In the thirteenth century, the University of Paris emerged as a complex community with a distinctive role in society. This book explores the relationship between contexts of learning and the ways of knowing developed within them, focusing on twelfth-century schools and monasteries, as well as the university. By investigating their views on money, marriage and sex, Ian Wei reveals the complexity of what theologians had to say about the world around them. He analyses the theologians' sense of responsibility to the rest of society and the means by which they tried to communicate and assert their authority. In the late thirteenth and early fourteenth centuries, however, their claims to authority were challenged by learned and intellectually sophisticated women and men who were active outside as well as inside the university and who used the vernacular - an important phenomenon in the development of the intellectual culture of medieval Europe.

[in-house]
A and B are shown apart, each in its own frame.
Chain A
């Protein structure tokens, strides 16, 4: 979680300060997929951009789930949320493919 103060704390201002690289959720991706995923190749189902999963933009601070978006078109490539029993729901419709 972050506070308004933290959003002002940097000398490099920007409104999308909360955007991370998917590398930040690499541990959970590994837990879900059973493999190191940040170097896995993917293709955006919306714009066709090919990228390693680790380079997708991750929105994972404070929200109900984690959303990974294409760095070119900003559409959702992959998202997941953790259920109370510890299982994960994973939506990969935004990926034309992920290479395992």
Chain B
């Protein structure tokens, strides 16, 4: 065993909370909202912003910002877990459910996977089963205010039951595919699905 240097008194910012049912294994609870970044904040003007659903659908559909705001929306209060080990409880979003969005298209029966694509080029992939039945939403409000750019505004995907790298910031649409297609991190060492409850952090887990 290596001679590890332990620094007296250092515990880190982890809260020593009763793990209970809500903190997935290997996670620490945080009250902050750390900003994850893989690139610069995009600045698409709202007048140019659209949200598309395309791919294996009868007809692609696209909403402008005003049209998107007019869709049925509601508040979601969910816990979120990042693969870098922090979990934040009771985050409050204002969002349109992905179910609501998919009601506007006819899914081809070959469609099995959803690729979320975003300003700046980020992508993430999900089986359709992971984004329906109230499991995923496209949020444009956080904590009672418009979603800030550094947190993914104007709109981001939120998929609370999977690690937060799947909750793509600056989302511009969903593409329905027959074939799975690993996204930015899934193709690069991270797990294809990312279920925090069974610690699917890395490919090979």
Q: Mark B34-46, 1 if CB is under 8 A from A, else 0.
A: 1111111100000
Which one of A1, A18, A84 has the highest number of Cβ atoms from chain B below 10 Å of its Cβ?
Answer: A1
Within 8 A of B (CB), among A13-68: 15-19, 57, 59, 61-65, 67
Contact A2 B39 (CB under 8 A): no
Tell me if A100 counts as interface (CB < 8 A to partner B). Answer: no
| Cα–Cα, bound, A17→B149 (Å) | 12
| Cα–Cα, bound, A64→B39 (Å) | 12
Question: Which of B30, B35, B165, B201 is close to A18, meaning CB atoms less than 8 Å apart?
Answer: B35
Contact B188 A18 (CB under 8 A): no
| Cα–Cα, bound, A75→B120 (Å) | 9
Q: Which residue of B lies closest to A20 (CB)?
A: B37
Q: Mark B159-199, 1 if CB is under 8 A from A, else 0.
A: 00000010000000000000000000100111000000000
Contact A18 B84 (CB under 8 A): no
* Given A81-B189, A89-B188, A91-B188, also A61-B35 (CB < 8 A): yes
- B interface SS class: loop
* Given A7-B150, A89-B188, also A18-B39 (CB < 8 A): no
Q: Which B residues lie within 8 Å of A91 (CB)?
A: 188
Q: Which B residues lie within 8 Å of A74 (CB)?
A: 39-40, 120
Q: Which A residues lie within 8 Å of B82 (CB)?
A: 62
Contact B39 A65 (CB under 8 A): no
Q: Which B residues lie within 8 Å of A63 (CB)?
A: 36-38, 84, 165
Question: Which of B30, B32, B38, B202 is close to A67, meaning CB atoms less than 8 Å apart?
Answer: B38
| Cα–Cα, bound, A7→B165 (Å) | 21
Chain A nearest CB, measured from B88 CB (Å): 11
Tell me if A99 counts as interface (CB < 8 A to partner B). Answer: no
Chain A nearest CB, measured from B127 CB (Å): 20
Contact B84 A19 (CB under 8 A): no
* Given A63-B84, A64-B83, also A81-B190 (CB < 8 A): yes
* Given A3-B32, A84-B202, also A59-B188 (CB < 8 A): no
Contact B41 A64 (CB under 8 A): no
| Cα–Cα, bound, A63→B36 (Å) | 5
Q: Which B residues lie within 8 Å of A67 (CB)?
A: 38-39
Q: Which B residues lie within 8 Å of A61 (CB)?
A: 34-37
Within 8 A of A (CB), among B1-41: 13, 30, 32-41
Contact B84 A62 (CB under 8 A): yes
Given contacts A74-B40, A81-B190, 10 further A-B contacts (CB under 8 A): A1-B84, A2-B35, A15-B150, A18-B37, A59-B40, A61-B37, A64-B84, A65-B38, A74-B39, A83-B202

Ian P. Wei is Senior Lecturer in History at the University of Bristol. His publications include two co-edited volumes, Authority and Community in the Middle Ages (with Don Mowbray and Rhiannon Purdie, 1999) and Medieval Futures: Attitudes to the Future in the Middle Ages (with John Burrow, 2000).
Introduction; 1. The twelfth-century schools of northern France; 2. The twelfth-century monasteries and Hugh of St Victor; 3. The University of Paris in the thirteenth century; 4. Communication and control; 5. Sex and marriage; 6. Money; 7. Anti-intellectual intellectuals in the late thirteenth and early fourteenth centuries: a new context; Bibliography.